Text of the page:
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Single Node Persistence

Problem this snippet solves:

A really slick & reliable way to stick to one and only one server in a pool.

Requirement: Direct traffic to only a single node in a pool at a time. Initially, traffic should always go to node A. If Node A fails, then traffic will go to Node B. When Node A comes back online, traffic should continue to go to Node B. When Node B fails, then the traffic should go to Node A.

To send traffic to only 1 pool member at a time, you can use an iRule and Universal Persistence to set a single persistence record that applies to all connections.

  1. Create a virtual server.
  2. Create a pool with the real servers in it.
  3. Create an iRule like this:
  4. Create a Persistence profile of type Universal which uses the iRule you just created. Set the timeout high enough so it will never expire under typical traffic conditions.
  5. In the virtual server definition, apply pool as the default pool, and the new persistence profile as the default persistence profile (both on the virtual server "resources" screen).

The first connection will create a single universal persistence record with a key of "1". All subsequent connections will look up persistence using "1" as the key, resulting in truly universal persistence for all connections. (Use 1 or any constant value. 0 will have the same affect as using 1. One of my customers uses "persist uie TCP__local_port"

When one node fails, the other is persisted to by all comers. When the 2nd node fails, the 1st again becomes the preferred node for all, ad infinitum.

Doesn't offer the capability of manual resume after failure, or true designation of a "primary" and "secondary" instance (sometimes required for db applications), but it sure does solve the problem of "only use one node at a time, I don't care which one, please" (You can use priority to gravitate towards the top of a list...)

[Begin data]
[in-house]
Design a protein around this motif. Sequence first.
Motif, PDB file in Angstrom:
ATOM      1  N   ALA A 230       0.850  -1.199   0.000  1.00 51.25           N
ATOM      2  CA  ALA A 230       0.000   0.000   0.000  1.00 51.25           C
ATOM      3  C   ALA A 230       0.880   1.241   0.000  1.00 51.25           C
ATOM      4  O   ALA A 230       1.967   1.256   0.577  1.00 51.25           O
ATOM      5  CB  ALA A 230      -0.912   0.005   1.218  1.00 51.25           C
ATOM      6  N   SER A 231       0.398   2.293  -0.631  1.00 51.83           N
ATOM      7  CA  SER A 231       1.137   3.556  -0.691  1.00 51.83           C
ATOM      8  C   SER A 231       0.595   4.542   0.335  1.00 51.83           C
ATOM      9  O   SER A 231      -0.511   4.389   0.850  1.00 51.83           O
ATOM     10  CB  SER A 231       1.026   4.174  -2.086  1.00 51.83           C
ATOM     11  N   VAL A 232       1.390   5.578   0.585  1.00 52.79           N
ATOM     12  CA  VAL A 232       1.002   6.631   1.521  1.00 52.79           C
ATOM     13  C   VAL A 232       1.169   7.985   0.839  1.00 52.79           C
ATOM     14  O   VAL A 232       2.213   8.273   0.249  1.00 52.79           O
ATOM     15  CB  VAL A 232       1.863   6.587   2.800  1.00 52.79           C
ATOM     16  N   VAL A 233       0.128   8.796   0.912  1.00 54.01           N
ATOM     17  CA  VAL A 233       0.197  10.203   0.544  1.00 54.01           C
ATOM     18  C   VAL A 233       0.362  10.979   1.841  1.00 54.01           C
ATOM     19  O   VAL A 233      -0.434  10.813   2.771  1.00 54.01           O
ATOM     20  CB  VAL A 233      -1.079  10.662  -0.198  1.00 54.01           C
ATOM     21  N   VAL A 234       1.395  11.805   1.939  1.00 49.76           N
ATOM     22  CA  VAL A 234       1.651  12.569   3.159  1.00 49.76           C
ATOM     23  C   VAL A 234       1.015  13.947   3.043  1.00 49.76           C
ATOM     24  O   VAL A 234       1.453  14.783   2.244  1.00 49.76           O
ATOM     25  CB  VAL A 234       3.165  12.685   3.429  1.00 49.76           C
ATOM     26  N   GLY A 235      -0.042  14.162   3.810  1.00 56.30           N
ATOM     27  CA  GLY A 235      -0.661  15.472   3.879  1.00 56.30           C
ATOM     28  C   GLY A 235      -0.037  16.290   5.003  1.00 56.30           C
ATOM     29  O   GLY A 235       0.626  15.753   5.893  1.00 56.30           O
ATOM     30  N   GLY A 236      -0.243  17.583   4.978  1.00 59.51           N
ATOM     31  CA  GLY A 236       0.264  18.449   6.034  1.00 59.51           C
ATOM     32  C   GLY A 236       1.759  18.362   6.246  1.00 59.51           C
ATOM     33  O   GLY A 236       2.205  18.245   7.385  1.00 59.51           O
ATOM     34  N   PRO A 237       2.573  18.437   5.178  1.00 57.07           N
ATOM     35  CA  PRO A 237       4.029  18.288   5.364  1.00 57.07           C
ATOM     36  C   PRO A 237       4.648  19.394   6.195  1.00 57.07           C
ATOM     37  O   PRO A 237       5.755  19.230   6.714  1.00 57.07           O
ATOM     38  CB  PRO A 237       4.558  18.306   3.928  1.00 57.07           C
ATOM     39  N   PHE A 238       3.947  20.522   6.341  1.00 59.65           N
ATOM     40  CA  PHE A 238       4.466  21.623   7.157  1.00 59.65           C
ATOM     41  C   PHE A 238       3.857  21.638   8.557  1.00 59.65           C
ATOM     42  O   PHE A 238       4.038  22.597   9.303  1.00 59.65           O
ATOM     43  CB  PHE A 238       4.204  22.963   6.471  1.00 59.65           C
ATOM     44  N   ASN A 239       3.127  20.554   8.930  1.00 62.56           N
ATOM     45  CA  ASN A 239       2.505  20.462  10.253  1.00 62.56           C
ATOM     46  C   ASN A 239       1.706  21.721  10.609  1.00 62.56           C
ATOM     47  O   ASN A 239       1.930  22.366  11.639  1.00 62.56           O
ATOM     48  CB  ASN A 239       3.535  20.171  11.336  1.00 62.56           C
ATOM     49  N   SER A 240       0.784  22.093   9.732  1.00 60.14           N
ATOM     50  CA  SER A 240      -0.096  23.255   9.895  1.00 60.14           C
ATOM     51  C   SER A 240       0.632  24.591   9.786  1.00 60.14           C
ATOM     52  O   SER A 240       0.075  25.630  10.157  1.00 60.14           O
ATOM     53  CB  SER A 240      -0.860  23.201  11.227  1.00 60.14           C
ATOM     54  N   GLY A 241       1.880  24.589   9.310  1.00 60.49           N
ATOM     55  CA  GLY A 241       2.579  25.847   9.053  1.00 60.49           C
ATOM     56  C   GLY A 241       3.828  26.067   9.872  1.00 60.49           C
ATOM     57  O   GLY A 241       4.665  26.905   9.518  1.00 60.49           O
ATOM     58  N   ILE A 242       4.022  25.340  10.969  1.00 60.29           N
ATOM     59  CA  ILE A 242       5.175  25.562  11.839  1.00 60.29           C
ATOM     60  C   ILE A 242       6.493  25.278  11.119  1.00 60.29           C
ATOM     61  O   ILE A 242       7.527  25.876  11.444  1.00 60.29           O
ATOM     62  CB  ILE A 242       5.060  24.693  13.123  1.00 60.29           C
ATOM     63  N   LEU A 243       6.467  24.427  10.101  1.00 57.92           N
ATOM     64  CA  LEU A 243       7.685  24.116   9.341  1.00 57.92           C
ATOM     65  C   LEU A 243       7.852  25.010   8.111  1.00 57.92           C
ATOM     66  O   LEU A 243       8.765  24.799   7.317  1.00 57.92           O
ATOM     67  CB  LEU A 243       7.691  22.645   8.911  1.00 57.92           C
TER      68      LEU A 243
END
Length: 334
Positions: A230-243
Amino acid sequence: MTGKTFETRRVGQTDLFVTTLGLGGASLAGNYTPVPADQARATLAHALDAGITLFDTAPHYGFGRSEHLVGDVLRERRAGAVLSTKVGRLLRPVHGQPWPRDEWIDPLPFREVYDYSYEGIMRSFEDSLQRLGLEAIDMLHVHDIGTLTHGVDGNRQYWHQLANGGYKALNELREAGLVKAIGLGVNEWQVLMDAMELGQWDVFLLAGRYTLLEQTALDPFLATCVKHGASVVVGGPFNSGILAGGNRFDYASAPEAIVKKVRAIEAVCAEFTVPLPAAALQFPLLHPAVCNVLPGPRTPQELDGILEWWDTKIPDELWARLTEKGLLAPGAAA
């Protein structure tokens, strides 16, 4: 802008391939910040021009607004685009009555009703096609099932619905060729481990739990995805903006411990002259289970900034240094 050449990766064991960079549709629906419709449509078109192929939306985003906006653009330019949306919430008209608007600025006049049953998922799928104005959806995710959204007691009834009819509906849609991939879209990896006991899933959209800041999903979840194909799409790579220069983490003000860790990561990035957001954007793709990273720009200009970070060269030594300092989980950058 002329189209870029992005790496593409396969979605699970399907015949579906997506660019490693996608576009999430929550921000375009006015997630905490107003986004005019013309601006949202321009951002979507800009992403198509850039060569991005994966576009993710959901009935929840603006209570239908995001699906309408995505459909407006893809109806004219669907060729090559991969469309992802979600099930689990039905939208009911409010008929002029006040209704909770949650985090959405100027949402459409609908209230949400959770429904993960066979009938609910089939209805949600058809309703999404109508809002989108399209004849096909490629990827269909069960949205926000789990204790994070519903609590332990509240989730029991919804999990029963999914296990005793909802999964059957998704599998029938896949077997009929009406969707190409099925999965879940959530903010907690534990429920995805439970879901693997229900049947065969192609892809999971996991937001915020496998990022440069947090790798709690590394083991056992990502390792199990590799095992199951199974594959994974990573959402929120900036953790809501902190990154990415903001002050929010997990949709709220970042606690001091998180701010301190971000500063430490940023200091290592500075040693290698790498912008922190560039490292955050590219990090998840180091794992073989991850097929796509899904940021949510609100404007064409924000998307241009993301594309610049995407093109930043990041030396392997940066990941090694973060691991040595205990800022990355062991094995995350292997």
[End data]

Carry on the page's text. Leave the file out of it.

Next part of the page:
Note: Priority-based load balancing with or without dynamic persistence doesn't quite address this requirement. Priority load balancing allows you to set a preferred server to which traffic should return once it recovers. With just Priority, and with dynamic persistence of any kind enabled, when a higher priority nodes come back up after failing, you will see traffic distributed across multiple pool members until old connections/sessions die off. With just Priority and no persistence, existing sessions will break once the preferred node again becomes available.

Comments on this Snippet
Comment made 13-May-2015 by AgungDes 0
Hi Guys, I tried to using this code for the iRules but it still show another error for the iRules The Error Message like This One : 01070151:3: Rule [/Common/single_node] error: /Common/single_node:1: error: [undefined procedure: rule][rule PriorityFailover { when CLIENT_ACCEPTED { persist uie 1 } }]
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Comment made 06-Jul-2015 by slouma 0
the same problem please help us if somebody has an idea
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Comment made 09-Jul-2015 by CharlesCS 541
Only specify the 2nd line when creating the iRule. The "rule" line and the closing brace are created by the GUI.
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Comment made 30-Jan-2016 by Adam Ali 0
is this solution applicable to BIG-IP v10.x?
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Comment made 08-Jun-2016 by lenny19 0